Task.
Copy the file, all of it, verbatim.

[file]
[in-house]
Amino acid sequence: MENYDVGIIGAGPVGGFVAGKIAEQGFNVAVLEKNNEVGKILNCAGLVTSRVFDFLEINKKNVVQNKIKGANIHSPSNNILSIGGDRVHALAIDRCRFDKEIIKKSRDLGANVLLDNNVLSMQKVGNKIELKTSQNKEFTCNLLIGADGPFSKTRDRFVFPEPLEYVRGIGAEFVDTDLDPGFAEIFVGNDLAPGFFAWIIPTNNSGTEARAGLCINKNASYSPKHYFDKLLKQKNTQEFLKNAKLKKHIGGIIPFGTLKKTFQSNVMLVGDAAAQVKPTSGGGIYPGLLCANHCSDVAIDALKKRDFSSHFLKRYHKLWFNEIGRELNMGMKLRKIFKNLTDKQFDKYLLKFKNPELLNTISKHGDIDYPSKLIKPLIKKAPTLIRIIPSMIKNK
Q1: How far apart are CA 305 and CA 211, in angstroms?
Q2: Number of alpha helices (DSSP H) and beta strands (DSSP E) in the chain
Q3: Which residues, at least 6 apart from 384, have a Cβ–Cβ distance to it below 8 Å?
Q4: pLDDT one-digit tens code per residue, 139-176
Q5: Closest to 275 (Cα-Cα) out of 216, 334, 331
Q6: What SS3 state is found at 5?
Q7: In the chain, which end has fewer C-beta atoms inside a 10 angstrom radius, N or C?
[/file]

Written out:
[in-house]
Amino acid sequence: MENYDVGIIGAGPVGGFVAGKIAEQGFNVAVLEKNNEVGKILNCAGLVTSRVFDFLEINKKNVVQNKIKGANIHSPSNNILSIGGDRVHALAIDRCRFDKEIIKKSRDLGANVLLDNNVLSMQKVGNKIELKTSQNKEFTCNLLIGADGPFSKTRDRFVFPEPLEYVRGIGAEFVDTDLDPGFAEIFVGNDLAPGFFAWIIPTNNSGTEARAGLCINKNASYSPKHYFDKLLKQKNTQEFLKNAKLKKHIGGIIPFGTLKKTFQSNVMLVGDAAAQVKPTSGGGIYPGLLCANHCSDVAIDALKKRDFSSHFLKRYHKLWFNEIGRELNMGMKLRKIFKNLTDKQFDKYLLKFKNPELLNTISKHGDIDYPSKLIKPLIKKAPTLIRIIPSMIKNK
Q1: How far apart are CA 305 and CA 211, in angstroms?
Q2: Number of alpha helices (DSSP H) and beta strands (DSSP E) in the chain
Q3: Which residues, at least 6 apart from 384, have a Cβ–Cβ distance to it below 8 Å?
Q4: pLDDT one-digit tens code per residue, 139-176
Q5: Closest to 275 (Cα-Cα) out of 216, 334, 331
Q6: What SS3 state is found at 5?
Q7: In the chain, which end has fewer C-beta atoms inside a 10 angstrom radius, N or C?